In 1987 we were drawn to Belau by a statue described by archaeologist Douglas Osborne, who had worked there in the 1960s, as “strikingly like those of Easter Island.” Although he said it was “more conventionalized” and “less naturalistic” than Easter Island sculpture, the possibility that it resembled moai was intriguing, and we undertook eight weeks of intensive field survey work in the Republic of Belau (Palau). Our intent was to collect data on the formal and stylistic qualities of the statue Osborne had described, and then to record any others we might find. The aim was to gather enough data to constitute one component of a comparative study of Pacific monolithic stone sculpture.
Stone statues or monuments in Belau are one of ten elements that define Level 1, a “village settlement system” of a two level settlement system research model. Archaeologists conducting island-wide surveys have classified artifacts, areas, or features into three categories: discrete portable objects (potsherds, chipped and ground stone); discrete non-portable features (platforms, statues, uprights); and non-discrete, non-portable areas (terraces). [Read More...]
Data compilation and analysis, augmented by numerous field trips to the island and by museum study, were the primary goals of this period of research. The data were filed in what was, for the time, a rather sophisticated management program. The files have since been edited and transferred to other programs, however. All visual materials, including thousands of slides, black and white photographs, and negatives; hundreds of field sketches, notes, and maps were all organized within archival-safe storage. This effort, which was tedious at the time, was essential to proper use of the data, and laid the groundwork for the creation of the most comprehensive moai documentation archive in existence.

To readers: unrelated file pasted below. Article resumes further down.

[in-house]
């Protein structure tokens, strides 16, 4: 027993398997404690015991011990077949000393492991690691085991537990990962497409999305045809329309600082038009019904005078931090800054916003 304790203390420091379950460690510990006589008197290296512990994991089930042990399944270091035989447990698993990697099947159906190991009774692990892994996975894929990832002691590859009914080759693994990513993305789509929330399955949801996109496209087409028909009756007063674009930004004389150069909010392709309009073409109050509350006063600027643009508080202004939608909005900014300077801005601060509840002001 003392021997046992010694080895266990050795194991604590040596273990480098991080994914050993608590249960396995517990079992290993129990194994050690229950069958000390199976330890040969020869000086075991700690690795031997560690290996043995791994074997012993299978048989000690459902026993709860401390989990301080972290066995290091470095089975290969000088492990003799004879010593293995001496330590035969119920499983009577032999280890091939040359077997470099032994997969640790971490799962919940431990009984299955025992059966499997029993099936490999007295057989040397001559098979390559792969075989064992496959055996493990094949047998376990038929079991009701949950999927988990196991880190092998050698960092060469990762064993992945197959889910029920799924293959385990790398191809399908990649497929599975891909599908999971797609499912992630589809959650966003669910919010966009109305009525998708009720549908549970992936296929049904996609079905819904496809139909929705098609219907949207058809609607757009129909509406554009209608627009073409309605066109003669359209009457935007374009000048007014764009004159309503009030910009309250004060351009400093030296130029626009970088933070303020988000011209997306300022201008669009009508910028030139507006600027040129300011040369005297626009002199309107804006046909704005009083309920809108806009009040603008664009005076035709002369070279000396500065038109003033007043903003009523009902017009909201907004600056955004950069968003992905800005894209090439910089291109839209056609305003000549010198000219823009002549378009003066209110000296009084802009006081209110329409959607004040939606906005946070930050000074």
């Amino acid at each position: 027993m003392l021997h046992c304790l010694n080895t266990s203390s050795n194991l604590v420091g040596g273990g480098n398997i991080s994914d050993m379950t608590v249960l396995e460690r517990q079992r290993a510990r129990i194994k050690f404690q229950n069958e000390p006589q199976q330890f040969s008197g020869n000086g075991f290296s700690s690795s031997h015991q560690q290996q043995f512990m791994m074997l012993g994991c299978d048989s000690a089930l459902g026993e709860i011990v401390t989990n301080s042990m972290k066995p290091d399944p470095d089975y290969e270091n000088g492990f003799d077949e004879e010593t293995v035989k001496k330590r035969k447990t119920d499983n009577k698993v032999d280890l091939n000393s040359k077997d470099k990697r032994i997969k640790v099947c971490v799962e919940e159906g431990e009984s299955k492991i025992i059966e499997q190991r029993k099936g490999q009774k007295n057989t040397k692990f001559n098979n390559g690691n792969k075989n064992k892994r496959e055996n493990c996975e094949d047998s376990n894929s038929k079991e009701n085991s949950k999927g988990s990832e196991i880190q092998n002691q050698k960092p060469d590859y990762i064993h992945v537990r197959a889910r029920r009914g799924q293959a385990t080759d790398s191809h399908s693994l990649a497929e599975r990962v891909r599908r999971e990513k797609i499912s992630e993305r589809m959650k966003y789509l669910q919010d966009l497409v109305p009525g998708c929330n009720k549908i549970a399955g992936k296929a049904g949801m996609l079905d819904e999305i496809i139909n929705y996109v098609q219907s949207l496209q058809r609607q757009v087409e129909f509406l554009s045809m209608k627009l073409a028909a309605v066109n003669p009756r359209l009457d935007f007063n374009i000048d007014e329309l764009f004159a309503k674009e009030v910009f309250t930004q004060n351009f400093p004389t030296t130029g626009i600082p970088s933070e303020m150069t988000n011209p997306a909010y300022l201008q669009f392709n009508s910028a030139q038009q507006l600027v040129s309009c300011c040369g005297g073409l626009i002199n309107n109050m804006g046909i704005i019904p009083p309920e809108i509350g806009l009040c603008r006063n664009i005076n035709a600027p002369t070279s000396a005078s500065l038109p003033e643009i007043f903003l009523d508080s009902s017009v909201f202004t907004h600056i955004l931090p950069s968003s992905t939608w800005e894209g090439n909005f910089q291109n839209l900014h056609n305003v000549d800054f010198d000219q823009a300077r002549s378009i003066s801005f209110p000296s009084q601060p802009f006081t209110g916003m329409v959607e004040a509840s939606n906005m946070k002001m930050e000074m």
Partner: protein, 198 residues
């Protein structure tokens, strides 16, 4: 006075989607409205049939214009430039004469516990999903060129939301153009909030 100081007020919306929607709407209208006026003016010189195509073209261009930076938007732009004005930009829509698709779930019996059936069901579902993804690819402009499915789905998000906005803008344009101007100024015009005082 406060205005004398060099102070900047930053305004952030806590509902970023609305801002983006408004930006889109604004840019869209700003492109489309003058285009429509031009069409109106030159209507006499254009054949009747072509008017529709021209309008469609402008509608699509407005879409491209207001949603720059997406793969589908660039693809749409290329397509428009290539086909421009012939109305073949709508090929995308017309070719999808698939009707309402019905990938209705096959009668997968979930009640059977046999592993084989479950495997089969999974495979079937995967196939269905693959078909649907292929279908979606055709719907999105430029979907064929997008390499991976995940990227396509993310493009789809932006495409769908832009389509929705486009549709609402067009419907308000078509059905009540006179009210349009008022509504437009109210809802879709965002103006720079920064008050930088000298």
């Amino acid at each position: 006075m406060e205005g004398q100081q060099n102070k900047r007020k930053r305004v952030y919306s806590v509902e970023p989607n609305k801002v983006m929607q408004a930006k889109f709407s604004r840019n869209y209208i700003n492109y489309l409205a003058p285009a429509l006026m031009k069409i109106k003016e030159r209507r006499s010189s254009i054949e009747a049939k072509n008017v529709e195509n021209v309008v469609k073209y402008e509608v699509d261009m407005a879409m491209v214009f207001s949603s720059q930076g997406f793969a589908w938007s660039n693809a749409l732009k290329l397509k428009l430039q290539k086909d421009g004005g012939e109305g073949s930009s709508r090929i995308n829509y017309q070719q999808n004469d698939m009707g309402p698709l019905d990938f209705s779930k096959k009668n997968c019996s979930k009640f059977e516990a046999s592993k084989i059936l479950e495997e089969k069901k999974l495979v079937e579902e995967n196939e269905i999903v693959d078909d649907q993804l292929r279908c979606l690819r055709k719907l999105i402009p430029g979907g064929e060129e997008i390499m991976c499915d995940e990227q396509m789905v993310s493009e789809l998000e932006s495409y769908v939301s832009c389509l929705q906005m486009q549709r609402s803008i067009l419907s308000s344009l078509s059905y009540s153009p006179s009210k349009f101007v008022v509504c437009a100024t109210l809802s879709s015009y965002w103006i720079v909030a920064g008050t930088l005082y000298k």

The specific task was to describe the moai as an archaeological artifact. Statue types were defined by shape of body and of head. A maximum-minimum size range for each type was defined and volume was calculated. Each type was a basic and discrete unit. Stylistic variations were outlined for such characteristics as hands, eyes, ears, and the dorsal design. The latter consisted of the hami(loincloth), maro (belt), and other related incised and bas-relief elements.
Specific research goals then could employ statue types to examine statue distribution and chronological relationships relative to the size and location of lineage centers, and to the presence or absence of pukao on ahu sites. Statue type, it was hypothesized, would relate to ahu construction type, and statue style sequence within the largest lineage centers would relate to ahu chronology.
At this time, the overwhelming weight of cumulative archaeological and linguistic evidence clearly supported an East Polynesian origin for Rapa Nui culture. This suggested that the sculptural emphasis that had been placed upon specific statue design components would be understandable within the ideological context of the Polynesian world view. Moai were presumed to be symbols of a dominant socio-political system defined as male, hierarchical, and lineage-based. Further, an understanding of the role of the statues as a legitimating symbol in the dominant ideology involved an appreciation of the existence of a subordinate ideology incorporating bird and other symbols. [Read More...]